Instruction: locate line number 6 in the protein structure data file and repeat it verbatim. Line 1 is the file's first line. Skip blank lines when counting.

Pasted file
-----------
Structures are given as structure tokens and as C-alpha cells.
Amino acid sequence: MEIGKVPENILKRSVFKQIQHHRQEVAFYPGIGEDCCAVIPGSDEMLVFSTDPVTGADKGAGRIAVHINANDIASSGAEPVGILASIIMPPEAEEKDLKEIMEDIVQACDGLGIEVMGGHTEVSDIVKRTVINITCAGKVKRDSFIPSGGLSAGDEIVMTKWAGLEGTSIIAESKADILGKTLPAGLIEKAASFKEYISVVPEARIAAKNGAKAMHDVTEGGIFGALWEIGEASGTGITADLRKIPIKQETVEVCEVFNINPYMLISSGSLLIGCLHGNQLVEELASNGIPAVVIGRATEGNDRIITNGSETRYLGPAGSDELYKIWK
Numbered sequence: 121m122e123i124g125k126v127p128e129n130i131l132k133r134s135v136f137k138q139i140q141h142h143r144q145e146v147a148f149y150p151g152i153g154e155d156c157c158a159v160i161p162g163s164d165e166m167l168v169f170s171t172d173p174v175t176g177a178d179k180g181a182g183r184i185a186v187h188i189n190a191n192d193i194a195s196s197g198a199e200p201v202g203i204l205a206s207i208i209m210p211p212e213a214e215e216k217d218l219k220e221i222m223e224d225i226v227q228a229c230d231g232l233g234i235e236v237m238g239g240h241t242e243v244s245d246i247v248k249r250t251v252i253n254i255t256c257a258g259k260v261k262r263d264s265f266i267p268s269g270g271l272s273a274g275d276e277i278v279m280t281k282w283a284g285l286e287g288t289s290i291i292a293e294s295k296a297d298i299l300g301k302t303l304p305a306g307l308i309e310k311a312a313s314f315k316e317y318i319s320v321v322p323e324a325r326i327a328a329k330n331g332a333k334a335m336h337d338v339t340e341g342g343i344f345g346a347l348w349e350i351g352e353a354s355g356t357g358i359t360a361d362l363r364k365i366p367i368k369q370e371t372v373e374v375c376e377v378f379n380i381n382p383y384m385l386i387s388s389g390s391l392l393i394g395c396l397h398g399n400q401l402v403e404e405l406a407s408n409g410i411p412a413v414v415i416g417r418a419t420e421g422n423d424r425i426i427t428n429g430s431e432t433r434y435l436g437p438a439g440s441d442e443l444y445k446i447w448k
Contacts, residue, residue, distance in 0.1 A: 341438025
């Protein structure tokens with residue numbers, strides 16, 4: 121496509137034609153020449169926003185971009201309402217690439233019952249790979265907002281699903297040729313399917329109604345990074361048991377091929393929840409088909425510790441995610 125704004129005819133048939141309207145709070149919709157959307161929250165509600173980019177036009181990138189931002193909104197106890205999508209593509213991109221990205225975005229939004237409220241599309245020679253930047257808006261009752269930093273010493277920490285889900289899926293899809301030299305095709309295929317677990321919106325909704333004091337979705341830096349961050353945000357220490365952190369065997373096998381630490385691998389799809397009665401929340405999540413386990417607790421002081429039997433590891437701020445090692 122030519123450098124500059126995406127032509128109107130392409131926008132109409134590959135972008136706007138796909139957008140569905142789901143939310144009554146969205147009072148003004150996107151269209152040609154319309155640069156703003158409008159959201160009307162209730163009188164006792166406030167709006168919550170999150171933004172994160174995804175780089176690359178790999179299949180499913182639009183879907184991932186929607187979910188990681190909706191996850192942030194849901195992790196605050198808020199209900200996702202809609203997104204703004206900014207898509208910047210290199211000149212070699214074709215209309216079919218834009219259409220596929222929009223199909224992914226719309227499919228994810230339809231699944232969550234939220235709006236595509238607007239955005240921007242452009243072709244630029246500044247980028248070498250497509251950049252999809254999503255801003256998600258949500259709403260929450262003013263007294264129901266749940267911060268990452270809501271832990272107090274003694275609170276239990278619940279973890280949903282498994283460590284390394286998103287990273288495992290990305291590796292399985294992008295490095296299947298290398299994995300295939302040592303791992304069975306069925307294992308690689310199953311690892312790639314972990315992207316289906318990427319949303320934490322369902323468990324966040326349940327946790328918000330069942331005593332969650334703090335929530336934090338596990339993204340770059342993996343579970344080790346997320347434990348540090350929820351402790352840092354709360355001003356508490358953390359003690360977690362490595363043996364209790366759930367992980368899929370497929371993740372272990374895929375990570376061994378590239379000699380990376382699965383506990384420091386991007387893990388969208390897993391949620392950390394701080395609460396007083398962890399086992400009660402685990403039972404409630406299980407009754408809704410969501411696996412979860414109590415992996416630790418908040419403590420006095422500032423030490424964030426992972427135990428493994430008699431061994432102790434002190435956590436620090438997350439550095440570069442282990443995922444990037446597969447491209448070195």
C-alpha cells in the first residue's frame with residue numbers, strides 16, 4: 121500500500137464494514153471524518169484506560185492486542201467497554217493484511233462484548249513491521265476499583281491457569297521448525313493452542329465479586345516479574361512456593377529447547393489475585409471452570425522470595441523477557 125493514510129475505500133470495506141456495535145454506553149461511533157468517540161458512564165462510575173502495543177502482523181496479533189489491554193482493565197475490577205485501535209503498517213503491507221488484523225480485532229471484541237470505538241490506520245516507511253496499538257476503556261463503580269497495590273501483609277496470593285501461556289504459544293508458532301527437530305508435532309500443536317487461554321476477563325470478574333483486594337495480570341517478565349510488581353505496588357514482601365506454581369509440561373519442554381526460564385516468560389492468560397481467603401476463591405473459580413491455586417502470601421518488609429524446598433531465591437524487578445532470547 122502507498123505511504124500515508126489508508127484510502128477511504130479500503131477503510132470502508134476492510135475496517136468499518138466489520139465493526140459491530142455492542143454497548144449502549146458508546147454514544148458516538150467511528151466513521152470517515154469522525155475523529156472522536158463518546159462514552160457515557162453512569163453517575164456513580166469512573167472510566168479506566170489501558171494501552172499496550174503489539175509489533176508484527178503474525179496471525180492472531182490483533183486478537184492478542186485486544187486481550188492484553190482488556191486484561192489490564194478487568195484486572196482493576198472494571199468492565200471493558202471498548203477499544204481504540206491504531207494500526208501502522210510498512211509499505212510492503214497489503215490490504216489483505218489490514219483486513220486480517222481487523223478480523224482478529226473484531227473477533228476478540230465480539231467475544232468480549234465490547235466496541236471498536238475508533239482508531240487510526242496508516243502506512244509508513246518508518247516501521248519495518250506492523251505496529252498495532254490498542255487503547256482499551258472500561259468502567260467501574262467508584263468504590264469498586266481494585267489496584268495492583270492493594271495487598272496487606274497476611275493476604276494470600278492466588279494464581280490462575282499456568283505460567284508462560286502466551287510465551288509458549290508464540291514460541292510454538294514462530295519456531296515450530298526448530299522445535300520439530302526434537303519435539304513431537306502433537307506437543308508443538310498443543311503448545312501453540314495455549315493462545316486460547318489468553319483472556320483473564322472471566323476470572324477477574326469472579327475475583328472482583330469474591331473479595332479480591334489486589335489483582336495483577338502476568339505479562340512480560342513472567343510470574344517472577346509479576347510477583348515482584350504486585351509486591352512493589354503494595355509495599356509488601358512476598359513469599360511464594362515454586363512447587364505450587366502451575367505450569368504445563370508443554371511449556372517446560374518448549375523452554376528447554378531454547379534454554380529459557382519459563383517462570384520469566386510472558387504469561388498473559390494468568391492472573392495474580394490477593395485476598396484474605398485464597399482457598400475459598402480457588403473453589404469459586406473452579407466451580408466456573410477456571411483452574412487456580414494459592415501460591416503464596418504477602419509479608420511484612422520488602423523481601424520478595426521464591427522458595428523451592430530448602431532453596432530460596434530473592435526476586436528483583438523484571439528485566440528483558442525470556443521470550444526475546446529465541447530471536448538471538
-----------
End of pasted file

C-alpha cells in the first residue's frame with residue numbers, strides 16, 4: 121500500500137464494514153471524518169484506560185492486542201467497554217493484511233462484548249513491521265476499583281491457569297521448525313493452542329465479586345516479574361512456593377529447547393489475585409471452570425522470595441523477557 125493514510129475505500133470495506141456495535145454506553149461511533157468517540161458512564165462510575173502495543177502482523181496479533189489491554193482493565197475490577205485501535209503498517213503491507221488484523225480485532229471484541237470505538241490506520245516507511253496499538257476503556261463503580269497495590273501483609277496470593285501461556289504459544293508458532301527437530305508435532309500443536317487461554321476477563325470478574333483486594337495480570341517478565349510488581353505496588357514482601365506454581369509440561373519442554381526460564385516468560389492468560397481467603401476463591405473459580413491455586417502470601421518488609429524446598433531465591437524487578445532470547 122502507498123505511504124500515508126489508508127484510502128477511504130479500503131477503510132470502508134476492510135475496517136468499518138466489520139465493526140459491530142455492542143454497548144449502549146458508546147454514544148458516538150467511528151466513521152470517515154469522525155475523529156472522536158463518546159462514552160457515557162453512569163453517575164456513580166469512573167472510566168479506566170489501558171494501552172499496550174503489539175509489533176508484527178503474525179496471525180492472531182490483533183486478537184492478542186485486544187486481550188492484553190482488556191486484561192489490564194478487568195484486572196482493576198472494571199468492565200471493558202471498548203477499544204481504540206491504531207494500526208501502522210510498512211509499505212510492503214497489503215490490504216489483505218489490514219483486513220486480517222481487523223478480523224482478529226473484531227473477533228476478540230465480539231467475544232468480549234465490547235466496541236471498536238475508533239482508531240487510526242496508516243502506512244509508513246518508518247516501521248519495518250506492523251505496529252498495532254490498542255487503547256482499551258472500561259468502567260467501574262467508584263468504590264469498586266481494585267489496584268495492583270492493594271495487598272496487606274497476611275493476604276494470600278492466588279494464581280490462575282499456568283505460567284508462560286502466551287510465551288509458549290508464540291514460541292510454538294514462530295519456531296515450530298526448530299522445535300520439530302526434537303519435539304513431537306502433537307506437543308508443538310498443543311503448545312501453540314495455549315493462545316486460547318489468553319483472556320483473564322472471566323476470572324477477574326469472579327475475583328472482583330469474591331473479595332479480591334489486589335489483582336495483577338502476568339505479562340512480560342513472567343510470574344517472577346509479576347510477583348515482584350504486585351509486591352512493589354503494595355509495599356509488601358512476598359513469599360511464594362515454586363512447587364505450587366502451575367505450569368504445563370508443554371511449556372517446560374518448549375523452554376528447554378531454547379534454554380529459557382519459563383517462570384520469566386510472558387504469561388498473559390494468568391492472573392495474580394490477593395485476598396484474605398485464597399482457598400475459598402480457588403473453589404469459586406473452579407466451580408466456573410477456571411483452574412487456580414494459592415501460591416503464596418504477602419509479608420511484612422520488602423523481601424520478595426521464591427522458595428523451592430530448602431532453596432530460596434530473592435526476586436528483583438523484571439528485566440528483558442525470556443521470550444526475546446529465541447530471536448538471538